(450e) Driven Assembly of Nanoparticles in Nematic Liquid Crystals | AIChE

(450e) Driven Assembly of Nanoparticles in Nematic Liquid Crystals


Abbott, N. L. - Presenter, University of Wisconsin-Madison
De Pablo, J.J - Presenter, University of Wisconsin-Madison

Nanoparticles are increasingly being used in optical sensors for chemicals and biomolecules [1]. Increased optical activity can be achieved by carefully controlling the size, shape and composition of the nanoparticles. Moreover, the binding affinities of the nanoparticles toward specific analytes can also be tailored via surface engineering [1,2]. Further increases in the sensitivity and selectivity of these assays can be achieved by the use of liquid crystals [3]. Analyte binding at the surface of the particles can perturb the local ordering of the liquid crystal, triggering the formation of inhomogeneous textures that can be communicated over several length scales, and thus be detected using a microscope and polarized light. The elastic distortions of the liquid crystal around the nanoparticles also give rise to long-range interparticle interactions, which can lead to spatial reorganization of the particles and changes in the collective optical properties of the system. By engineering the physical properties of the system, the way the particles assemble can also be controlled to obtain microemulsions and colloidal dispersions with improved physical properties [4]. These systems also have potential applications for development of new composite materials with improved physical properties.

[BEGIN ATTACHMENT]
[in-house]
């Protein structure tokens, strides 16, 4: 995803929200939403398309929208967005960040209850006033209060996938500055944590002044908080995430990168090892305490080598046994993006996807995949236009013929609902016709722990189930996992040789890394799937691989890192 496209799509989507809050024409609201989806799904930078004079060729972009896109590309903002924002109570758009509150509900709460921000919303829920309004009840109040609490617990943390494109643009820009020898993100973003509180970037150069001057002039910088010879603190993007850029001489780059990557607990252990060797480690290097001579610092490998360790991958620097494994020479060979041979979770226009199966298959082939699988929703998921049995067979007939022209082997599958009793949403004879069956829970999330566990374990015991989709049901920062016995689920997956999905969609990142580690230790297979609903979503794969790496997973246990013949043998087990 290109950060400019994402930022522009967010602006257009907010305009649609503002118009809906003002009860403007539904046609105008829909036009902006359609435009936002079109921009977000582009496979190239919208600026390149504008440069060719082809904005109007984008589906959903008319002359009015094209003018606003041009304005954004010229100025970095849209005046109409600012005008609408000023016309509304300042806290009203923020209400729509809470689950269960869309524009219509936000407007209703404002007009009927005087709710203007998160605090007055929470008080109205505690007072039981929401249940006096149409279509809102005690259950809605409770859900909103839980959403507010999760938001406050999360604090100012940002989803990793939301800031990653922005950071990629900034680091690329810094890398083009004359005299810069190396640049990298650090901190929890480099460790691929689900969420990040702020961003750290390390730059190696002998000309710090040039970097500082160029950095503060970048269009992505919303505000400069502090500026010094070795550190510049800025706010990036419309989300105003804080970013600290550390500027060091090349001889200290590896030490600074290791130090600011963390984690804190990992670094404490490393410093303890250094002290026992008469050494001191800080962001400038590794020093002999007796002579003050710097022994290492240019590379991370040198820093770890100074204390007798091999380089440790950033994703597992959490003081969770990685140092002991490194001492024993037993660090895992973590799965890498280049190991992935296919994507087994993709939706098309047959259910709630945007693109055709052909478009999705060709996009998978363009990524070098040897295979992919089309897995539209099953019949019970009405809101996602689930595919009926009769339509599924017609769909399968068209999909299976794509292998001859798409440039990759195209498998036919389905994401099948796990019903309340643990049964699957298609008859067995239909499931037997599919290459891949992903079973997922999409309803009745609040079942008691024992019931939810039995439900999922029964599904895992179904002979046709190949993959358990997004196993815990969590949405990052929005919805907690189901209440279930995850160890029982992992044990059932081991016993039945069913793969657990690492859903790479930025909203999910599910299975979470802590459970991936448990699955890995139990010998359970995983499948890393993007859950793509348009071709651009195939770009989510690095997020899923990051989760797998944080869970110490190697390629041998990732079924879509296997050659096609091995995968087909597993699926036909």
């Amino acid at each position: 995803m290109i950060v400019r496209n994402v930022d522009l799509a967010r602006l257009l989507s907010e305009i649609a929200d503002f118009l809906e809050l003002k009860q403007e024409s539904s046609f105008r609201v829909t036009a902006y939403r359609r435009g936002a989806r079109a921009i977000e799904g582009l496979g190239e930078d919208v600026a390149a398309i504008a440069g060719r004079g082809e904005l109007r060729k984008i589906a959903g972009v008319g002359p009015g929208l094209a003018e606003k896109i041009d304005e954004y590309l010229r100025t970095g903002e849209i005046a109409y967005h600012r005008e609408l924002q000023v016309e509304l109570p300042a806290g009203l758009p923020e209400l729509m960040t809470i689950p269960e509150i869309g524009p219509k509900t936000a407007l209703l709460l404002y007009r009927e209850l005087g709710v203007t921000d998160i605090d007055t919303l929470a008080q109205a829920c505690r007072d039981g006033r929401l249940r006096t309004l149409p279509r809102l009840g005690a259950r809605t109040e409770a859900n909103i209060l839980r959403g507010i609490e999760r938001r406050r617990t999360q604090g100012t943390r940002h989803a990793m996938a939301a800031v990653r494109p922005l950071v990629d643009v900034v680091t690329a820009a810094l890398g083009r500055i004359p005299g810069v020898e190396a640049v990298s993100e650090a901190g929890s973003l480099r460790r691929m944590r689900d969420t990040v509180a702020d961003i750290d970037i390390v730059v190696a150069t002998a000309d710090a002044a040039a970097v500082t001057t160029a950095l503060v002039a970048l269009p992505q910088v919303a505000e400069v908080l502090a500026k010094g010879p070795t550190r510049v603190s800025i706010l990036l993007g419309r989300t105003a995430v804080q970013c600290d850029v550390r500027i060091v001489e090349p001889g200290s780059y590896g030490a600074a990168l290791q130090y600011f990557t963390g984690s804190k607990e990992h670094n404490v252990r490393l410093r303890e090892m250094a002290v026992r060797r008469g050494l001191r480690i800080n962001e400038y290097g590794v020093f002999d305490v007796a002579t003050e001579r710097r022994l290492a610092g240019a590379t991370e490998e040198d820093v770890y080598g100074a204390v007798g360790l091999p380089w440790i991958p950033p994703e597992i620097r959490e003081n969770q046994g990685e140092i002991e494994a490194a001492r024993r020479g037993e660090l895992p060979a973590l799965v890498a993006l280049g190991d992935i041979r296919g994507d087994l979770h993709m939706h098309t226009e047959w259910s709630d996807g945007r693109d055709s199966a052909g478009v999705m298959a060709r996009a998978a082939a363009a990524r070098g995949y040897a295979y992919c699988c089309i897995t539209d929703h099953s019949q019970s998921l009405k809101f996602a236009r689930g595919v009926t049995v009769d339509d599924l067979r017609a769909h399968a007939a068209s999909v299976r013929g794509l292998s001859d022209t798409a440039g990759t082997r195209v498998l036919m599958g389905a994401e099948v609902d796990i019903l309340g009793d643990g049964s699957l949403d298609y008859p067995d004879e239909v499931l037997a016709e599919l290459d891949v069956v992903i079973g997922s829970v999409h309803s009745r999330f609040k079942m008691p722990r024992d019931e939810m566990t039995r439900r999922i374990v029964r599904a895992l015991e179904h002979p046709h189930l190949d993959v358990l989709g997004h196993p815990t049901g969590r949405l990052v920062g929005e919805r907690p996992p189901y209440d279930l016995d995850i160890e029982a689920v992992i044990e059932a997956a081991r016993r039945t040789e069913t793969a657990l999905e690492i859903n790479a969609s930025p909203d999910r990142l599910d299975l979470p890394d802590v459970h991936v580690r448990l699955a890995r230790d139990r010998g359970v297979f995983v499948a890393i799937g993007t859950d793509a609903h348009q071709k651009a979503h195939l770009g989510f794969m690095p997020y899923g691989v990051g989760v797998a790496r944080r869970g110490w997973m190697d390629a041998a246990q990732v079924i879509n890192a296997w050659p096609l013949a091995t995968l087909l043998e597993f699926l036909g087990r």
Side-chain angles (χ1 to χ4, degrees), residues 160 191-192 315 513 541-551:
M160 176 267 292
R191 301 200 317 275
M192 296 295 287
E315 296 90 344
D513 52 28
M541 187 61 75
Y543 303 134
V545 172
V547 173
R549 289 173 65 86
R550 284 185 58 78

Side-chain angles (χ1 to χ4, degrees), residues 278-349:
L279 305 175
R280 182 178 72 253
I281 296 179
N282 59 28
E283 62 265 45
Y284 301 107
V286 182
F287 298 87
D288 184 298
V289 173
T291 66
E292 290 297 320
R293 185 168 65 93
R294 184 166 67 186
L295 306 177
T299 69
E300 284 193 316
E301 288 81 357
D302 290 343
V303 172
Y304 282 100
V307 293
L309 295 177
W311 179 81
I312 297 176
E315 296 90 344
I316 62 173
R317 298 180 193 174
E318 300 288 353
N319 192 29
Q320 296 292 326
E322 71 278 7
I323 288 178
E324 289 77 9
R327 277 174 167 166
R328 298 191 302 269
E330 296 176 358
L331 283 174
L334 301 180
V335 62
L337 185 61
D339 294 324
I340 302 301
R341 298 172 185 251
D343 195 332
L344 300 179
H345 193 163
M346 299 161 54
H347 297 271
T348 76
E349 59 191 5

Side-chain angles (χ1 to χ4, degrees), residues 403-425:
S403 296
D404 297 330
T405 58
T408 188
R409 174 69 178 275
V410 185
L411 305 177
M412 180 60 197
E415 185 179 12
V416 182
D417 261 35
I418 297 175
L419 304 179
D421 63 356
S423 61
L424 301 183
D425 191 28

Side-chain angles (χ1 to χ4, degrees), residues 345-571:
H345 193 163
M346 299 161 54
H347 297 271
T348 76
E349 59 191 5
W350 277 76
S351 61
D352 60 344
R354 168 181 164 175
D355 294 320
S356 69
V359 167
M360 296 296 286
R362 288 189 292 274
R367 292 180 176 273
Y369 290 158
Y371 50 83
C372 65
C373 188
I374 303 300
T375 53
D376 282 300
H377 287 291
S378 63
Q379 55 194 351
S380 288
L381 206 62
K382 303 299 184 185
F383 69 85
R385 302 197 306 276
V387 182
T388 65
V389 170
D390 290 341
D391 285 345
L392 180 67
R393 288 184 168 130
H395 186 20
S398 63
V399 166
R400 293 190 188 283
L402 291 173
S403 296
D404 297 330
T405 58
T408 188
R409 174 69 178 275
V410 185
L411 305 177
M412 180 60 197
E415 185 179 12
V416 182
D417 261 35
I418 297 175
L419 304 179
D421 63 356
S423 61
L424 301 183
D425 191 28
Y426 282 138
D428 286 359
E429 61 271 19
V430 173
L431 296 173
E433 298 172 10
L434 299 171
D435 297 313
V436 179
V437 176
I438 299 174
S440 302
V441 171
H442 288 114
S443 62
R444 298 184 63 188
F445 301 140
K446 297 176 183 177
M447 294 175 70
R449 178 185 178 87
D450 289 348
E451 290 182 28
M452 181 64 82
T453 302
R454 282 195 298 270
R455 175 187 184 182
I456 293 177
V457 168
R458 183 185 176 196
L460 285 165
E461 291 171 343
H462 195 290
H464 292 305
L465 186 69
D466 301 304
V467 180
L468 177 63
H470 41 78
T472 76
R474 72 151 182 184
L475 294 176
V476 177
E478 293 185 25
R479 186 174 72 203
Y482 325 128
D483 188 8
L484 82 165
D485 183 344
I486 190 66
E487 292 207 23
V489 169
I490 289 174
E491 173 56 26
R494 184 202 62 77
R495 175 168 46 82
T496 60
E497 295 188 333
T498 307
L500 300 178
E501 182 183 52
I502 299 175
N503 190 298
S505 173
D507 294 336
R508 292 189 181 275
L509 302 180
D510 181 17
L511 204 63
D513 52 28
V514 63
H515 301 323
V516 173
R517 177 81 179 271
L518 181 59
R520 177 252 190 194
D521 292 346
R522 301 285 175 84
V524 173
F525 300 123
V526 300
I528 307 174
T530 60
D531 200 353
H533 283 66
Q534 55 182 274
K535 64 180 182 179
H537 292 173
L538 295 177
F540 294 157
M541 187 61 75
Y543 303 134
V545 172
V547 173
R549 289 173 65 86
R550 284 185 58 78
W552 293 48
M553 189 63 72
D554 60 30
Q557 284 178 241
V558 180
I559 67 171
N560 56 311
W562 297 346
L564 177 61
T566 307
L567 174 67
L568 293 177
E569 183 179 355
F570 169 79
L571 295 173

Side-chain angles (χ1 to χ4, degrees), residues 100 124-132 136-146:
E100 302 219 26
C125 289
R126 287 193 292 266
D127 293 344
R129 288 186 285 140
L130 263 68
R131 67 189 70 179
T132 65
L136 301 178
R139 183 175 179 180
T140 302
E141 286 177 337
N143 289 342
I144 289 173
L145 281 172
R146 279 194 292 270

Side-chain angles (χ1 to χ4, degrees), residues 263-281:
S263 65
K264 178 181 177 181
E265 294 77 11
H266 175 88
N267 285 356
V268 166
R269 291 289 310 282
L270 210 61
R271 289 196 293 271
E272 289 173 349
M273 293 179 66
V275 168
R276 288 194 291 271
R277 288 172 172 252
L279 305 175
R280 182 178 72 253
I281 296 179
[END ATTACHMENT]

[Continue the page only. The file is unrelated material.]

Optimization of the applications mentioned above requires a theoretical formalism providing a link between macroscopic experimental measurements (collective optical properties) and events occurring at much smaller length scales (particle aggregation, liquid crystal reorganization and binding events at the surface of the particles). Due to the large disparity in relevant length scales, traditional atomistic and molecular simulation techniques are not suitable to study these systems. In this work, we perform numerical simulations of 3D systems of spherical colloids dispersed in a liquid crystal solvent, by adopting a hybrid strategy that includes particle-based modeling of the colloids but treats the liquid crystal as a continuous field. Such a hybrid strategy was used in the past in 2D simulations of similar systems [5]. The effect of relevant physical variables will be analyzed and discussed.

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